1Southern Ontario Centre for Atmospheric Aerosol Research, University of Toronto, 200 College Street, Toronto, Ontario, M5S 3E5, Canada
2Chemistry Department and Centre for Atmospheric Chemistry, York University, 4700 Keele Street, Toronto, Ontario, M3J 1P3, Canada
3Science and Technology Branch, Environment Canada, 4905 Dufferin Street, Toronto, Ontario, M3H 5T4, Canada
4Department of Chemistry, University of Toronto, 80 St. George Street, Toronto,\newline Ontario M5S 3H6, Canada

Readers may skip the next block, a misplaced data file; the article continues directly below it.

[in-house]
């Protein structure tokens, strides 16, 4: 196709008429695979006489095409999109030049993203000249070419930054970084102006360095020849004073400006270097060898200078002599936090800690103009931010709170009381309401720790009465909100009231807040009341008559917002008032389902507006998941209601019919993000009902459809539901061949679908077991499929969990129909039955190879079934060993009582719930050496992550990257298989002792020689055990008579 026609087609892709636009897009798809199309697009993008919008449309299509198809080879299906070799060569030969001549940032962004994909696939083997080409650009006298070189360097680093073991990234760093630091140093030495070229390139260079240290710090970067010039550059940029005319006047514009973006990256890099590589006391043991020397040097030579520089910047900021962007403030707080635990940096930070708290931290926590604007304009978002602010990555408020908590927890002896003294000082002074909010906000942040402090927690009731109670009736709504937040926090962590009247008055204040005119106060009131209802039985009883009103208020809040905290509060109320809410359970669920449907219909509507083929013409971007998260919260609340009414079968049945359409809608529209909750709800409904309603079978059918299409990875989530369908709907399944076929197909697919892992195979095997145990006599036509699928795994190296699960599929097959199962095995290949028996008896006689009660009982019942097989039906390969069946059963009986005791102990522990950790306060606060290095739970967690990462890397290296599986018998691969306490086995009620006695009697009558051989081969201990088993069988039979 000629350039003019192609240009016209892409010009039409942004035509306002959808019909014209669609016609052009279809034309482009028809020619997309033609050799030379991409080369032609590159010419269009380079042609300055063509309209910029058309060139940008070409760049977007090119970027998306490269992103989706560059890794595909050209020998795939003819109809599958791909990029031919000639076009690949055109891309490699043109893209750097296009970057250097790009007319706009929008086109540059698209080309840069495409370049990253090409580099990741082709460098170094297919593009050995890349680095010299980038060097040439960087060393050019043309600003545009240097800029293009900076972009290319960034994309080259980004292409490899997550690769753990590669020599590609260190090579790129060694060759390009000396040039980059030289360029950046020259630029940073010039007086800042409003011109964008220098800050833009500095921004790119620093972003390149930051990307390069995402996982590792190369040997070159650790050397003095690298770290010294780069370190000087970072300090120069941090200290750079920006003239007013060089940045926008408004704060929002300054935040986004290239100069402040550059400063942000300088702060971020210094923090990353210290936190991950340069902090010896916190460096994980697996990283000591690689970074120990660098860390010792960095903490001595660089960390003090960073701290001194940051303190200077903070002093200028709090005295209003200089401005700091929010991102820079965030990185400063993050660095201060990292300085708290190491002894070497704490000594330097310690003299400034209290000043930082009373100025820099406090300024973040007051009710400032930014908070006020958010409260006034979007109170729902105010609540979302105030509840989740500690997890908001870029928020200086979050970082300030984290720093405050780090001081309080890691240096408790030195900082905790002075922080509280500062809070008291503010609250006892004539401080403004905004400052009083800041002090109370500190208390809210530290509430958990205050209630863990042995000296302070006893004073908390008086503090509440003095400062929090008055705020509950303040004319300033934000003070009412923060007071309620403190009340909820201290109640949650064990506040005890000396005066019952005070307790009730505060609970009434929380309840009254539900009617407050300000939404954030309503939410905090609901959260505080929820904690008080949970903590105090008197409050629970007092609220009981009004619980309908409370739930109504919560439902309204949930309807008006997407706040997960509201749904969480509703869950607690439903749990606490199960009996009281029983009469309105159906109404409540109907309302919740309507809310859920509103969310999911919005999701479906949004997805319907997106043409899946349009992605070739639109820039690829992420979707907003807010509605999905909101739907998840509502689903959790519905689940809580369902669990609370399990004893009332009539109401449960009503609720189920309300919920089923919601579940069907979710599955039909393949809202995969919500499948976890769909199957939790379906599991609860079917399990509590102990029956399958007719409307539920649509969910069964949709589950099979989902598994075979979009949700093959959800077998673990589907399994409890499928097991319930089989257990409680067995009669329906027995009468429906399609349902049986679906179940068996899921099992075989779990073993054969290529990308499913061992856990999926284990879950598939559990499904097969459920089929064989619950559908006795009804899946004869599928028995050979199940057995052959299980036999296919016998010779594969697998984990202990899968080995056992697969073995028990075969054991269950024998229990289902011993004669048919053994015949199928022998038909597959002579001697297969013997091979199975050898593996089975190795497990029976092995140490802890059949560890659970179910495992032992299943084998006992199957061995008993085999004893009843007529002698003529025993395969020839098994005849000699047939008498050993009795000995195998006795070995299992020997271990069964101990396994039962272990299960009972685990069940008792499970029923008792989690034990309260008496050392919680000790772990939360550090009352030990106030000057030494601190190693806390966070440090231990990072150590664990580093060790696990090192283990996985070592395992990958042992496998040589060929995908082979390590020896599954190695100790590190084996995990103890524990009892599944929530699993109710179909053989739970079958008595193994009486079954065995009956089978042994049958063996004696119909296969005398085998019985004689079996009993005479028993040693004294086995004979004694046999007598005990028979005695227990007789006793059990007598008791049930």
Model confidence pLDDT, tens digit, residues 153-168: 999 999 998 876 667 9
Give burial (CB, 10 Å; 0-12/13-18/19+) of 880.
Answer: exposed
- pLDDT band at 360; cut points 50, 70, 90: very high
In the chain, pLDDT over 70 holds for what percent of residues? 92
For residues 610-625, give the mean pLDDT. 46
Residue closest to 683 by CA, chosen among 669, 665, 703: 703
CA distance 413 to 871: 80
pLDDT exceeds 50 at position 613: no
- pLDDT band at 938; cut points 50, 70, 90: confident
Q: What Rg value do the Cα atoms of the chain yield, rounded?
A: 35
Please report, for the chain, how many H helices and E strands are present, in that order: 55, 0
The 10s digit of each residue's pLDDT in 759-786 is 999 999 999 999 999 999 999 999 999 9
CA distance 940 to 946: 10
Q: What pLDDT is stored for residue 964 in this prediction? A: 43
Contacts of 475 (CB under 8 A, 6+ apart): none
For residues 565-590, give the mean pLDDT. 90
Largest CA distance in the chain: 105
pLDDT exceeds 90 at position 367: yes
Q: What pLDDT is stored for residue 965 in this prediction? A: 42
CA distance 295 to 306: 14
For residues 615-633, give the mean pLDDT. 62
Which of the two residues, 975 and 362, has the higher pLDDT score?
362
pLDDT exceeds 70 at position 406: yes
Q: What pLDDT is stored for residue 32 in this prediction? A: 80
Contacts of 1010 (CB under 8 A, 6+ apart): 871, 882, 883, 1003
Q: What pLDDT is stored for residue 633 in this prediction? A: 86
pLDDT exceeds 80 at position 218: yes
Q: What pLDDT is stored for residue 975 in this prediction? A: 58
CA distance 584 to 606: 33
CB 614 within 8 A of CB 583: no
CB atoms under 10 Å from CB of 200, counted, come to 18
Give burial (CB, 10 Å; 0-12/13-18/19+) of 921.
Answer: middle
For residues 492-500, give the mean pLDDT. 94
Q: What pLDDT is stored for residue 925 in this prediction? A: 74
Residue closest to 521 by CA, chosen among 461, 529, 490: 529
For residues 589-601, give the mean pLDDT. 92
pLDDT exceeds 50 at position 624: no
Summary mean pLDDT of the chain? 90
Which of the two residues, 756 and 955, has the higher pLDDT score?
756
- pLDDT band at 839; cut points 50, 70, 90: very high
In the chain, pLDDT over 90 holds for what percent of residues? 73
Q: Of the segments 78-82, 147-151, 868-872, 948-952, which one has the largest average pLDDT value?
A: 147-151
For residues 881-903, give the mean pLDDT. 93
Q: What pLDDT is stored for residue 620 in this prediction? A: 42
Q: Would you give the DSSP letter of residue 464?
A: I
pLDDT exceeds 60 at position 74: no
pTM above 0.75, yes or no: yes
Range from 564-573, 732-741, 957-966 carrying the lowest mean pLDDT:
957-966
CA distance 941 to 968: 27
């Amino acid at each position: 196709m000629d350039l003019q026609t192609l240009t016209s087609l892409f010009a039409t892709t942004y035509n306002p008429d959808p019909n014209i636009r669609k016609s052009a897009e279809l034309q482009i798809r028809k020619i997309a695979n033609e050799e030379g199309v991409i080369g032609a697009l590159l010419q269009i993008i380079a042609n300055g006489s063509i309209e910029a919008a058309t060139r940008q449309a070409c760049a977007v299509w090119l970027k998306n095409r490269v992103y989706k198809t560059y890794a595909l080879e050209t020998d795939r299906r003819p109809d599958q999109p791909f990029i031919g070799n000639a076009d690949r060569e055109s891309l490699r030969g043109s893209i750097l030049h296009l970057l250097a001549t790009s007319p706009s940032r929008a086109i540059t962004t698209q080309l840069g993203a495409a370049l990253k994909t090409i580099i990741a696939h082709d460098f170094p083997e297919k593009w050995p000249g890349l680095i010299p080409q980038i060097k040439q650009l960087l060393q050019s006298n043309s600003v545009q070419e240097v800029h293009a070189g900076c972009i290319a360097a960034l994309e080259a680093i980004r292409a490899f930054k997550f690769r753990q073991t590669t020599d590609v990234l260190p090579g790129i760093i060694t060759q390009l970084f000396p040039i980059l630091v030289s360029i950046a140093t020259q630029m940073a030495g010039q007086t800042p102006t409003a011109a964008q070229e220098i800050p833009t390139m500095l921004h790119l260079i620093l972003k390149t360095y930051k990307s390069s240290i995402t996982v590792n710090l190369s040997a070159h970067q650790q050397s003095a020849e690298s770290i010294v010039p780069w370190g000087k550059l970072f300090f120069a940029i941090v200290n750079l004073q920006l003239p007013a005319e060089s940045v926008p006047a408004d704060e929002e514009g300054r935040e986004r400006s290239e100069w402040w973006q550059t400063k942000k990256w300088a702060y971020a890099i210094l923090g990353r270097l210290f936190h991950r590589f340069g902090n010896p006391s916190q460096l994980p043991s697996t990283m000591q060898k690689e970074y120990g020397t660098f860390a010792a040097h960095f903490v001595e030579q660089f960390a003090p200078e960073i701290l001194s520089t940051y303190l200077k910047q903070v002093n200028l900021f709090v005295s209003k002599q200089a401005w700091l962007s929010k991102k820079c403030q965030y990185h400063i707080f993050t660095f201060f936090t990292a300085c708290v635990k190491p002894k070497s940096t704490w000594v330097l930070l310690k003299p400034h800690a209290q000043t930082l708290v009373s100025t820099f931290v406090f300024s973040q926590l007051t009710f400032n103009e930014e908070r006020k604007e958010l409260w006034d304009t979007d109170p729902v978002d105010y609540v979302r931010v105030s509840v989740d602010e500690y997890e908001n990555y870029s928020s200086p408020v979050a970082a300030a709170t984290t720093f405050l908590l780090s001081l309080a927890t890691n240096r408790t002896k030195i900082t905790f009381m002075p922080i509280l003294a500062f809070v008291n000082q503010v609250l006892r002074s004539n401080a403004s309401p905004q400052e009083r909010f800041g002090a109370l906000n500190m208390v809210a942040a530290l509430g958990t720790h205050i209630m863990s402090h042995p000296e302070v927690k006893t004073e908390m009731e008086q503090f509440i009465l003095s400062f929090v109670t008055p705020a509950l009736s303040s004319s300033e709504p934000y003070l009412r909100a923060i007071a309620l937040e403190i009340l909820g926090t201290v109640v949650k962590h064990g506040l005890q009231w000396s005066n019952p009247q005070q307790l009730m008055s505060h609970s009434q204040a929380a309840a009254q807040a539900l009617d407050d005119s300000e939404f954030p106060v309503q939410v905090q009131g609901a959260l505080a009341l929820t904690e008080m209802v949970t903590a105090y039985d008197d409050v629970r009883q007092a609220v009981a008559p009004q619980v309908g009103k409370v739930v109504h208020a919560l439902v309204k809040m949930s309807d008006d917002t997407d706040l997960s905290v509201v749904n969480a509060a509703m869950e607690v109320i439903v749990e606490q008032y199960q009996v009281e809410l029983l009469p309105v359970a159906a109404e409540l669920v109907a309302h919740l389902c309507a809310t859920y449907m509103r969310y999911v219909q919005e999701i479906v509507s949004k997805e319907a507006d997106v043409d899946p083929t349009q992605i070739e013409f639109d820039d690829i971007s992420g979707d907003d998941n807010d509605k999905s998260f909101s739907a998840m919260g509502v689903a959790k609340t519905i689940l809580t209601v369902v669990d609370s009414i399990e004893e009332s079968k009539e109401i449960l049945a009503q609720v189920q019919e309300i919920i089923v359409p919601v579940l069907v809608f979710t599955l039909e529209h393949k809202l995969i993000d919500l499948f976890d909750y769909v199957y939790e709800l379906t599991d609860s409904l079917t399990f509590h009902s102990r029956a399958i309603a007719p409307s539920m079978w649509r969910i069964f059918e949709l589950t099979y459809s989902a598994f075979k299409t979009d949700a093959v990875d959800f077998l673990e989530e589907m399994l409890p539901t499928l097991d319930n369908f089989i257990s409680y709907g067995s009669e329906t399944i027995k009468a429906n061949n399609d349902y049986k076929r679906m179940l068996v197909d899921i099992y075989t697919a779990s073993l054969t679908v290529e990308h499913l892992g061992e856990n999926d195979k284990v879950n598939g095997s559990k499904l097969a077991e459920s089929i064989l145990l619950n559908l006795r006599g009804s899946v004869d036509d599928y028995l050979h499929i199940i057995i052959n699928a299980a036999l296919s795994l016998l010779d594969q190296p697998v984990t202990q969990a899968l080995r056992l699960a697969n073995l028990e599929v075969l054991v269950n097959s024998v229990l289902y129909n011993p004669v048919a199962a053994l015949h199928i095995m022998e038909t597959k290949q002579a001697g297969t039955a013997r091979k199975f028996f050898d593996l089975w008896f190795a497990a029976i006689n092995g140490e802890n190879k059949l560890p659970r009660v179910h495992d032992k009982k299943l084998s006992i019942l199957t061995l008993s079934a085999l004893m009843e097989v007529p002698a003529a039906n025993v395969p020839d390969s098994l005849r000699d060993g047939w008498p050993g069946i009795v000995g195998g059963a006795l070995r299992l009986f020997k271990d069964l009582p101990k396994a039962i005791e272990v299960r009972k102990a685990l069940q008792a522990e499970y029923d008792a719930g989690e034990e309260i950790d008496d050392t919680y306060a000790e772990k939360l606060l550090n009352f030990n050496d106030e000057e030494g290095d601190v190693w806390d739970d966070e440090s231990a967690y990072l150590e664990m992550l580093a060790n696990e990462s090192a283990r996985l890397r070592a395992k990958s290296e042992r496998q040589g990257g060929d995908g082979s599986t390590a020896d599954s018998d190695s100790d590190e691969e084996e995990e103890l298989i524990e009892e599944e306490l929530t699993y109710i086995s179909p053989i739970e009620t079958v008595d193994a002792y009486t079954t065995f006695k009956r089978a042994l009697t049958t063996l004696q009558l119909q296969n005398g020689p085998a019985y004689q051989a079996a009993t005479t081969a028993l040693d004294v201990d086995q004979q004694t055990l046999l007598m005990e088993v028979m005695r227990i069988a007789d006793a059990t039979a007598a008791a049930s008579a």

Abstract. Ultrafine particle (UFP) number and size distributions were simultaneously measured at five urban and rural sites in Southern Ontario, Canada as part of the Border Air Quality and Meteorology Study (BAQS-Met 2007). Particle formation and growth events at these five sites were classified based on their strength and persistence as well as the variation in geometric mean diameter. Regional nucleation and growth events and local short-lived strong nucleation events were frequently observed at the near-border rural sites, upwind of industrial sources. Surprisingly, the particle number concentrations at one of these sites were higher than the concentrations at a downtown site in a major city, despite its high traffic density. Regional nucleation and growth events were favored at intense solar irradiance and less polluted cooler drier air. The most distinctive regional particle nucleation and growth event during the campaign was observed simultaneously at all five sites, which were up to 350 km apart. Although the ultrafine particle concentrations and size distributions generally were spatially heterogeneous across the region, a more uniform spatial distribution of UFP across the five areas was observed during this regional nucleation event. Thus, nucleation events can cover large regions, contributing to the burden of UFP in cities and potentially to the associated health impacts on urban populations. In addition, particle formation in southwestern Ontario appears to more often be related to anthropogenic gaseous emissions, although biogenic emissions may at times contribute. Local short-lived nucleation events at the near-border sites during this three-week campaign were associated with high SO2, which likely originated from US and Canadian industrial sources. These particle formation events may contribute to the production of cloud condensation nuclei, thus potentially influencing regional climate. Longer-term studies are needed to help resolve the relative contributions of anthropogenic and biogenic emissions to nucleation and growth in this region.